The Architecture the Railways Built - Episode 4 Picture shows: Tim Dunn in Ribblehead

Our railway offers a wealth of striking journeys – as seen in the new series The Architecture the Railways Built.

Here are our top five places to visit as we welcome everyone back to the railway:

We're helping you use the railway confidently – with a range of measures to keep you safe during coronavirus. They include extra staff to help guide you through stations, and vending machines at Britain's biggest stations, where you can buy face coverings and hand sanitiser.

You must wear a face covering for the full duration of your journey on public transport in England, Scotland and Wales. Find out more about face coverings and exemptions here.

The Ffestiniog Railway

Click on the gallery to see more images of The Ffestiniog Railway

Pictures one and two from The Ffestiniog Railway.

It’s almost 200 years old, climbs more than 700 feet from sea level into the Welsh mountains and is just 13 and a half miles long.

We’re proud to share close ties with The Ffestiniog Railway – the world’s oldest narrow-gauge railway and just one of the stories featured in The Architecture the Railway Built on Yesterday.

This living museum stretches from the harbour in Porthmadog, Gwynedd to historic slate mining town Blaenau Ffestiniog in Merionethshire. It passes through forests and waterfalls and chugging round a complete spiral on the way.

The Architecture the Railways Built – The Ffestiniog Railway

The Architecture the Railways Built – interview with presenter Tim Dunn

The National Railway Museum

Click on the gallery to see more images. Image credit – The National Railway Museum.

Take a trip to the historic walled city of York and discover some of Britain’s most important railway artefacts at The National Railway Museum. Its attractions include what was once the country’s busiest signal box.

Network Rail has donated original bricks from the foundations of Borough Market Junction signal box, which moved from London to the National Railway Museum in 1976.

Our donation will help the latest phase of the box’s restoration – an approximately £40,000 project to move it indoors, build a new base and provide access for visitors. Once completed, the box will once again sit at its original height.

Settle-Carlisle line

Another star of The Architecture the Railways Built is the Settle–Carlisle line is one of the world's most stunning stretches of railway. Enjoy views of the Yorkshire Dales and Cumbrian Fells. You'll see Victorian architecture, remote station buildings and imposing bridges like the Ribblehead Viaduct, which you can see in this film above.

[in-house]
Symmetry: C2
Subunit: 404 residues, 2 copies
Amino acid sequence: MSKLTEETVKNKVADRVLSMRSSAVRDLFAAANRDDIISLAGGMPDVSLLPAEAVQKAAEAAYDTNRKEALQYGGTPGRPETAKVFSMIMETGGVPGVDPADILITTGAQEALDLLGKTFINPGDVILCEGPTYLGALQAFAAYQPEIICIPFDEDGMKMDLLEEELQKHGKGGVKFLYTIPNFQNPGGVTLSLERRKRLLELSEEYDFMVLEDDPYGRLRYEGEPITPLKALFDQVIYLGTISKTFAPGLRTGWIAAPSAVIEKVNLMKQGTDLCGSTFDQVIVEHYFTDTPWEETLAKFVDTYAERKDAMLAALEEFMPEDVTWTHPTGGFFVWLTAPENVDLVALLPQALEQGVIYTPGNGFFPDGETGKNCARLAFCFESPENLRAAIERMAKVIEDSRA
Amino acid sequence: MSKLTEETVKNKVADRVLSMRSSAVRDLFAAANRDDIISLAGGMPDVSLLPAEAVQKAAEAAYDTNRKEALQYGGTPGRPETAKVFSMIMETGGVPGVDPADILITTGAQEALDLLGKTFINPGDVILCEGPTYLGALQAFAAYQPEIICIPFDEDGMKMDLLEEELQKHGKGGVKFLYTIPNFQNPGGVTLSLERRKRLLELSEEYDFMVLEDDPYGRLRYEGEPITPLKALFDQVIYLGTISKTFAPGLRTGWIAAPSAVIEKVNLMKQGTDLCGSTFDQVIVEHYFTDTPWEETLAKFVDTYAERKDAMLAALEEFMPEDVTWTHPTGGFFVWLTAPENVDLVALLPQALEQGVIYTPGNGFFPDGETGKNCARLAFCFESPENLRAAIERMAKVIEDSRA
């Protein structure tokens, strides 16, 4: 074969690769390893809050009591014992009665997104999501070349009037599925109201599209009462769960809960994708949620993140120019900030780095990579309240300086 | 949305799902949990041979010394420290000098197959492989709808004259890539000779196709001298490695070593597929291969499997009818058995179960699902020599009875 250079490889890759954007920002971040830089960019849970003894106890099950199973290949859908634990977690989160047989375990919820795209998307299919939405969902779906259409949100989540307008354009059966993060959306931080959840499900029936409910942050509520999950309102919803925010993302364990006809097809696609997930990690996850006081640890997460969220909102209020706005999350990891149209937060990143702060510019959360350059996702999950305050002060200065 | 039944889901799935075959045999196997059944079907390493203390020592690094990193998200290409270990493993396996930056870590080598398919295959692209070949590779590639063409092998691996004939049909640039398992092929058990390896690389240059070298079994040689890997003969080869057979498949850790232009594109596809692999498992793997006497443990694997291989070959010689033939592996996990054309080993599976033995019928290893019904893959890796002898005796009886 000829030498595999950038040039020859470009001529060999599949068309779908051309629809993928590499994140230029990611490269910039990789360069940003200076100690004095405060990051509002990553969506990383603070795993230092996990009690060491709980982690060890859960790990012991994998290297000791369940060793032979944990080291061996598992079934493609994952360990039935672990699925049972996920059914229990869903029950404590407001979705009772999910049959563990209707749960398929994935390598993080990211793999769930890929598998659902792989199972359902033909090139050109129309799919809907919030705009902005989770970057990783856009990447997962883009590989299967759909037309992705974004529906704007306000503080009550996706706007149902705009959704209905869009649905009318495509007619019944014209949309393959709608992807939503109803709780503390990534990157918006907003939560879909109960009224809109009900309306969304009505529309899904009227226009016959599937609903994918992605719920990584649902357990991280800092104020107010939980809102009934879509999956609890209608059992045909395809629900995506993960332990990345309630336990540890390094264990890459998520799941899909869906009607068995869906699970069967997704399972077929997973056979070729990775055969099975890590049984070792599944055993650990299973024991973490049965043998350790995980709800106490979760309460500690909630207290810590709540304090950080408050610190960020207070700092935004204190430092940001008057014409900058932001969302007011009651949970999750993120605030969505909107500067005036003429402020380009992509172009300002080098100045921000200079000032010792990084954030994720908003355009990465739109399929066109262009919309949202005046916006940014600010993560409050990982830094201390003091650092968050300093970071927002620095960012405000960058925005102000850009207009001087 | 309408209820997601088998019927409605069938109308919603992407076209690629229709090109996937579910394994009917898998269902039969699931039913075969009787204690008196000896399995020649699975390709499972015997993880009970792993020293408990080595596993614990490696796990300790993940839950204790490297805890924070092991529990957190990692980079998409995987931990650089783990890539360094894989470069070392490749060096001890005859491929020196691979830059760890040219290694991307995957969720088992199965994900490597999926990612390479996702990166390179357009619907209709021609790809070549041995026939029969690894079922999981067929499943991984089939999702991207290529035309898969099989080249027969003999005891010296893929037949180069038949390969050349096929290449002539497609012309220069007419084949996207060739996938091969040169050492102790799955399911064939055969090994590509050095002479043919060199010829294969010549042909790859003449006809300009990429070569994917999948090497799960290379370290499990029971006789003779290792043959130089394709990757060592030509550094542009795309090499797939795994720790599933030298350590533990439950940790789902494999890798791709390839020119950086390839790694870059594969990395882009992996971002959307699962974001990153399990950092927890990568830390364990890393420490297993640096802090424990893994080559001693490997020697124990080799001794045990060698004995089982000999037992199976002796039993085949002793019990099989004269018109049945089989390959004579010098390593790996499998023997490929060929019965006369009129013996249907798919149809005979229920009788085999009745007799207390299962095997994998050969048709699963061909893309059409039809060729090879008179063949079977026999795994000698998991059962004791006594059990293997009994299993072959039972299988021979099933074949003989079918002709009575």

The Architecture the Railways Built – Ribblehead Viaduct

Carnforth station

This February, we marked 75 years of a British romance classic that today draws thousands of visitors to a small railway station in Lancashire.

The popularity of a tourist attraction at the working Carnforth station follows about £120,000 of grants from The Railway Heritage Trust, which is funded by Network Rail.

Brief Encounter – about two married strangers who fall in love after meeting at a station – was shot at Carnforth between February 5 and February 16 1945, shortly before the end of WWII.

The film has been a significant draw to the area. About 50,000 people visited Carnforth Station Heritage Centre, north of Lancaster, last year, according to its manager, John Adams.

The heritage centre at the station features an exhibition about Brief Encounter. It opened in 2003 after a sensitive restoration of parts of the station, which had become derelict before benefitting from the funding from The Railway Heritage Trust, according to Andy Savage, its executive director.

At Carnforth, the partially trust-funded restoration benefits more than visitors to the heritage centre. The station itself remains open for passenger services so those catching trains can enjoy the improvements.

Click here to find out why Carnforth was chosen to star in this film classic.

Carnforth station in Lancashire – the setting for Brief Encounter

The Borders Railway

The Borders Railway. Picture credit – Bruce Ball.

When the Borders Railway opened in 2015 it reconnected local communities with Scotland’s capital by rail for the first time since 1969.

The 30-mile route is the UK’s longest new domestic line in more than 100 years. It reversed a controversial closure that had left “a profound sense of sadness” in its wake, according to Bruce Ball, author of The Spirit of the Borders Railway.

Today, the scenic line takes passengers between Tweedbank and Edinburgh in less than an hour. The Borders Railway describes direct transport links as integral to tourism in Scotland, linking the south east of Scotland with rail and air travel across Britain.

Read more:

The Architecture the Railways Built – interview with presenter Tim Dunn

Proud to support The Railway Heritage Trust

People and the railway: The Railway Heritage Trust

Film: The railway at war – 1914-1918

Our historic railway: seven discoveries

Film: Discover the Network Rail archive